Omnizide’s latest release Nekroregime is a blackened assault on the senses. The band play blisteringly fast and mid-paced blackened groove equally as well as each other, and the entire album is a dark and sinister treat. Continue reading “Interview with Omnizide”
As the follow up to 2014’s very pleasing debut album Death Metal Holocaust, Nekroregime continues the band’s blackened assault on the senses, added to and infected by some good old-fashioned death metal influences here and there. Continue reading “Omnizide – Nekroregime (Review)”
The band favour the type of Black Metal riffery of older Dark Funeral or Marduk, (but without the all-out speed of some of their assaults), combined with a Carpathian Forest feel to some of their work. Mix this with some rotten Old-School Death Metal and you’ll have a general idea of where Omnizide are coming from.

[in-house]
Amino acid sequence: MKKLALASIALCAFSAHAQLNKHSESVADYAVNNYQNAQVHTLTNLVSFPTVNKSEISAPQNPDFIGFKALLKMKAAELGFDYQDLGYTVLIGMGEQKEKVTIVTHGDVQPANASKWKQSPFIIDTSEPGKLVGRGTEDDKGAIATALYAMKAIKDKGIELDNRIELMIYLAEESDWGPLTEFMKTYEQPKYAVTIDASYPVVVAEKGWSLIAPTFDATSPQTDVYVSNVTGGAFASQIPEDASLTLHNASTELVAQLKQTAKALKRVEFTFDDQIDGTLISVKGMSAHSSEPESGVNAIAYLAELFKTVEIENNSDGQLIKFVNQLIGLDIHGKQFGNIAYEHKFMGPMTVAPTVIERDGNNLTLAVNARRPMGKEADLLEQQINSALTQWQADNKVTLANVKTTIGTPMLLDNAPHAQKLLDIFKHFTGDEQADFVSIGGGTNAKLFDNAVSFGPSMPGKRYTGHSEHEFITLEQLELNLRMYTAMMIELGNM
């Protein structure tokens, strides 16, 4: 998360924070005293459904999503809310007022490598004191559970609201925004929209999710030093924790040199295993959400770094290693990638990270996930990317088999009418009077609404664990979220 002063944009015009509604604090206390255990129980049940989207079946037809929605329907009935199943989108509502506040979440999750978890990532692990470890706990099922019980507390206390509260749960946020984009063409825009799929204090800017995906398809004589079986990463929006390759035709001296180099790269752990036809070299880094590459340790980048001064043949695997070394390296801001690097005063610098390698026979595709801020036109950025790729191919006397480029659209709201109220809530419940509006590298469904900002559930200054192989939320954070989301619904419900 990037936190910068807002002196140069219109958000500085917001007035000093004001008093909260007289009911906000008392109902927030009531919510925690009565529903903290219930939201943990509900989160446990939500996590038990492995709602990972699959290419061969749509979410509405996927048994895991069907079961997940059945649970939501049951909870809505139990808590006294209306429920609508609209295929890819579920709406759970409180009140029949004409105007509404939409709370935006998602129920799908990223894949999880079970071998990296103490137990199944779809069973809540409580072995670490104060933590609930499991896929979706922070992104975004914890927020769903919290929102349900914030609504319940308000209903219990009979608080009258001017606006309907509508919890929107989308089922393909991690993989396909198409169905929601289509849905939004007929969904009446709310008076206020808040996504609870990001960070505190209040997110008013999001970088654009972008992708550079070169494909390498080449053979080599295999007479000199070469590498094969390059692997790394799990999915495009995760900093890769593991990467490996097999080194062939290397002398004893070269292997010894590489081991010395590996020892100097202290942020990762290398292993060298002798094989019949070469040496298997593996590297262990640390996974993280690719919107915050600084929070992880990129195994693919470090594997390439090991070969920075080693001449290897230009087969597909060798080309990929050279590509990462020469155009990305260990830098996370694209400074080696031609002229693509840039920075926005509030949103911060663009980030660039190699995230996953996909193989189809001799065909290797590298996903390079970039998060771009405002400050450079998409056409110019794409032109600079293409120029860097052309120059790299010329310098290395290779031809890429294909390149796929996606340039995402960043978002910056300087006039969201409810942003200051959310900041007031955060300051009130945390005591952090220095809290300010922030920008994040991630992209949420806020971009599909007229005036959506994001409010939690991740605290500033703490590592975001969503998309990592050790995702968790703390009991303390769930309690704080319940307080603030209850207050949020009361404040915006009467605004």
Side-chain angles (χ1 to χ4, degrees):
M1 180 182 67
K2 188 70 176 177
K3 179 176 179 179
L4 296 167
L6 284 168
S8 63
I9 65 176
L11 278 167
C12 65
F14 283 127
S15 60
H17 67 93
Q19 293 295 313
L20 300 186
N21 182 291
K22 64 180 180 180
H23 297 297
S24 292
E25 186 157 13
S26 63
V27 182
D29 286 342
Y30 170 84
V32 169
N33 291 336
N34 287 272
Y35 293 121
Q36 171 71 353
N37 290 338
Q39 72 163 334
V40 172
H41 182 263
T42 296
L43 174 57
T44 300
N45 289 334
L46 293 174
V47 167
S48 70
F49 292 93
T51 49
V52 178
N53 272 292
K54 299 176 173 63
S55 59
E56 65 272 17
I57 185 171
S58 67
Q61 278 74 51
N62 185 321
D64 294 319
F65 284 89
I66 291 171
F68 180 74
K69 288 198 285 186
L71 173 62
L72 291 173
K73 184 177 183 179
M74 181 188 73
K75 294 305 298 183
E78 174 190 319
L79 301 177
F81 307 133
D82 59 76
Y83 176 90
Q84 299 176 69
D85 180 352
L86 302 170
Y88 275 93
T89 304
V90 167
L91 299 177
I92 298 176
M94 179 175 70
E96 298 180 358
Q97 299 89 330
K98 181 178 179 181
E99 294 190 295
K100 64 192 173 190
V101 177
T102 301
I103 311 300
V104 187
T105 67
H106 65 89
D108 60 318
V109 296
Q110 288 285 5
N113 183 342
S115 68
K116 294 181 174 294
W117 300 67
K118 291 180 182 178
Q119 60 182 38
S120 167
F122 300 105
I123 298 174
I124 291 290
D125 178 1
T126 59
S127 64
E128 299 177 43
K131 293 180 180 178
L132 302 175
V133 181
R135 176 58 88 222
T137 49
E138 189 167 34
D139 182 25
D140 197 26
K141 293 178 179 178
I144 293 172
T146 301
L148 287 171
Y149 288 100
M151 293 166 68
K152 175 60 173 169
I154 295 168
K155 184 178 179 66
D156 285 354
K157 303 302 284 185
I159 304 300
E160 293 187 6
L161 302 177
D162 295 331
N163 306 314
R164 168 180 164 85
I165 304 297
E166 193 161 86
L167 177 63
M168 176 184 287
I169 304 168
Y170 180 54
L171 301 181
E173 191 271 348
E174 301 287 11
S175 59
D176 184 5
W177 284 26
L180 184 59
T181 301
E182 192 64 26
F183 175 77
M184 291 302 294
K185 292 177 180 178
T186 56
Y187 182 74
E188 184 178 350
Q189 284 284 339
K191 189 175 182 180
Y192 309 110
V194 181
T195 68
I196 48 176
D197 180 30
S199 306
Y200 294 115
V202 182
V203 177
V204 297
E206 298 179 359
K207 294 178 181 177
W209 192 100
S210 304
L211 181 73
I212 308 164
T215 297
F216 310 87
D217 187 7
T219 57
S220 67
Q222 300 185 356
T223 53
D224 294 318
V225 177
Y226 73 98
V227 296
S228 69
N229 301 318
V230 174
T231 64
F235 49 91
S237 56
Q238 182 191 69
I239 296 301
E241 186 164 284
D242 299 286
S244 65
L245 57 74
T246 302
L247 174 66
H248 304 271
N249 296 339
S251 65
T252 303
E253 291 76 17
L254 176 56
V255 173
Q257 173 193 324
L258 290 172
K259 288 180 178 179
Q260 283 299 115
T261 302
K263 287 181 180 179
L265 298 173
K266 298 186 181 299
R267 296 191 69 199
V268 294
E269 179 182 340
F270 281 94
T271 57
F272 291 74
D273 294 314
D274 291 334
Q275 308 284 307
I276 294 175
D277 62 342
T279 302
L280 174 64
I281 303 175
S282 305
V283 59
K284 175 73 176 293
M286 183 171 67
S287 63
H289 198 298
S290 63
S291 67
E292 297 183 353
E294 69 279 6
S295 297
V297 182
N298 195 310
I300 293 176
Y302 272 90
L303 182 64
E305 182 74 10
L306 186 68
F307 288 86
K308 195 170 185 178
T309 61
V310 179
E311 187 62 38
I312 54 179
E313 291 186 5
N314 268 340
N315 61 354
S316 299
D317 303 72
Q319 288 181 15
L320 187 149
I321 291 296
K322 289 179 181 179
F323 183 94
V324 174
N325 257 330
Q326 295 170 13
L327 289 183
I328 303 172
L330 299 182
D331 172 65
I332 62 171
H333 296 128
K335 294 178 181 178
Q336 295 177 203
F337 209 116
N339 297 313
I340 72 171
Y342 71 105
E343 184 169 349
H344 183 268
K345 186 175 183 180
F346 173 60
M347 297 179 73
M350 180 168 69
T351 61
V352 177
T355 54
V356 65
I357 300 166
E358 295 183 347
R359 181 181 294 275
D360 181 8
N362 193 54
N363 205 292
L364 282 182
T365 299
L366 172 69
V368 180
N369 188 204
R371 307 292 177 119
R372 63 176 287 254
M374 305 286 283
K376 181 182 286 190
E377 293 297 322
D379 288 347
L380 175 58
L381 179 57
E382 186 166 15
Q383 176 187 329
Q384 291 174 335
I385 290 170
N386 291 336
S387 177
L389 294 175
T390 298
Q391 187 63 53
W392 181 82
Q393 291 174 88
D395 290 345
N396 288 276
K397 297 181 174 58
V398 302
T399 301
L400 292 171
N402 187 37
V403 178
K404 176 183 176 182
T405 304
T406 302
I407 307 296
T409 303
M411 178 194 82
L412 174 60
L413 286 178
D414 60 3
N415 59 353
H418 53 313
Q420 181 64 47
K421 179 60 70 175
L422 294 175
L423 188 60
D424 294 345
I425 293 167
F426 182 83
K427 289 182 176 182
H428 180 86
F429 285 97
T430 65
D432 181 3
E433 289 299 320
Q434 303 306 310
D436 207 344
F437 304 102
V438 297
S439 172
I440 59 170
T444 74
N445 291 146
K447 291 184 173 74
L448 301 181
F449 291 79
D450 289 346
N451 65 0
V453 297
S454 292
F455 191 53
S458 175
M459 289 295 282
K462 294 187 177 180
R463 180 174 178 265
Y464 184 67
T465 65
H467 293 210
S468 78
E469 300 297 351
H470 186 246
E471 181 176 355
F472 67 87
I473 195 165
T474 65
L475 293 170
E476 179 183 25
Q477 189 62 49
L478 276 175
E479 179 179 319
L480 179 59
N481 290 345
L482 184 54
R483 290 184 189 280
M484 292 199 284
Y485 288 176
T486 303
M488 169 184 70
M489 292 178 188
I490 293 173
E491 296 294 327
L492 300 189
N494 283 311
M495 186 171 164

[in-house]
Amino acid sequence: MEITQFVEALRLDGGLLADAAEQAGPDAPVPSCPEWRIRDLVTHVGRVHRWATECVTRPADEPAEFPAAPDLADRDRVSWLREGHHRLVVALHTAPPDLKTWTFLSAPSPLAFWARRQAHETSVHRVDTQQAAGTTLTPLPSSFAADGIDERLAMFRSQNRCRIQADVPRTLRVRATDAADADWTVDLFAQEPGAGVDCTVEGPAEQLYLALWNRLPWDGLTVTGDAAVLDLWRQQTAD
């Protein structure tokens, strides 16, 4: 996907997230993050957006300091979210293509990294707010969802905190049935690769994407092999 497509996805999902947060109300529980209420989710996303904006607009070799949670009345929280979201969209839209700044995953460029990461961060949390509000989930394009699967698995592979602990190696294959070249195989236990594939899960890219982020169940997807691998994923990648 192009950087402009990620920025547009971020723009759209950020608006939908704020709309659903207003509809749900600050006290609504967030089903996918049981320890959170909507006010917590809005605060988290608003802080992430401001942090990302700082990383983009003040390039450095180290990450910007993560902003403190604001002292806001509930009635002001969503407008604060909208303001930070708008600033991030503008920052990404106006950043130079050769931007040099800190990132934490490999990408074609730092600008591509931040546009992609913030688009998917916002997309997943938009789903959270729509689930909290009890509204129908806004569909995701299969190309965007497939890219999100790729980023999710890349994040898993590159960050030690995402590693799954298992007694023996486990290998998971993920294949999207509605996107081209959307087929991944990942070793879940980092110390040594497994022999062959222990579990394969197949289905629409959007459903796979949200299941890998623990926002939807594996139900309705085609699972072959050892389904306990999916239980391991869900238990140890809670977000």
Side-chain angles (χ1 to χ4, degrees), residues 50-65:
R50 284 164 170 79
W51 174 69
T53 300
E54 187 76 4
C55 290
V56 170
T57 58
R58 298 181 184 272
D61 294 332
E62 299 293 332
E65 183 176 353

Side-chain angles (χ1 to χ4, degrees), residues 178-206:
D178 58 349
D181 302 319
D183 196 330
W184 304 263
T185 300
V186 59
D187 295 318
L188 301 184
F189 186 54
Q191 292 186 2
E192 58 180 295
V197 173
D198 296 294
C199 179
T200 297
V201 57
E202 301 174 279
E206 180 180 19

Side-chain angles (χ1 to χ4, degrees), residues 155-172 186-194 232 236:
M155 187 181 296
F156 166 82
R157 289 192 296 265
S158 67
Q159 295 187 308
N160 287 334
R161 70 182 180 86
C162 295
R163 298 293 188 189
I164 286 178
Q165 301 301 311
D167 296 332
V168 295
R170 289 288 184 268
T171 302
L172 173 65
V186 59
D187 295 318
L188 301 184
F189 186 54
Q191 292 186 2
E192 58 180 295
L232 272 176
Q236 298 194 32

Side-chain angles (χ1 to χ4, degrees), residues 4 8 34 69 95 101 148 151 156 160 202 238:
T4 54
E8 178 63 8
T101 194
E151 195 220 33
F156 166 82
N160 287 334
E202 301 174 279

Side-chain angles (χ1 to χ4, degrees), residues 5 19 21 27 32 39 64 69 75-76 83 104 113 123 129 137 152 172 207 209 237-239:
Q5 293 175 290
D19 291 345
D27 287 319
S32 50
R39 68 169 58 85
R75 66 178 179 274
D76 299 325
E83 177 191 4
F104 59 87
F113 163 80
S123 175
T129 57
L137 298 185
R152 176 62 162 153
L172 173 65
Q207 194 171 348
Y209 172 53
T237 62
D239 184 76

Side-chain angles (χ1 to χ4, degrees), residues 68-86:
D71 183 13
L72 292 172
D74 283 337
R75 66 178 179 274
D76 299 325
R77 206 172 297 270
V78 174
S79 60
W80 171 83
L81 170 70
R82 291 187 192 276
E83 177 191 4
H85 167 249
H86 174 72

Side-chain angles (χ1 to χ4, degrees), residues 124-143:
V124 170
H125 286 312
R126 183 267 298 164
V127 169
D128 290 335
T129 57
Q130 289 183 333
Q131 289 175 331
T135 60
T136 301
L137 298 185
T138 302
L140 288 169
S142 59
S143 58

Even though the band call themselves Death Metal, and the album title has it in its name; this is still predominantly a Black Metal release for me. A lot of the riffs, the production and sound, the raspy vocals, the general feel of the songs – it all has Black Metal stamped over it in large indecipherable letters as far as I’m concerned. Not that it really matters of course; all that matters is that as soon as you play this you’re instantly transported to times past and you can really feel the darkness and hate flowing into your system.
The songs rage and chew their way through the running time. Sometimes fast, sometimes slow, always reeking of antagonism and contempt. This is very authentic music. There is nothing fake or staged going on here. You can almost taste the blood on the singer’s lips as he shreds his vocal chords in the name of his art.
Overall a very good album that anyone who likes this kind of music should be able to get something from, and it just gets better with repeat listens.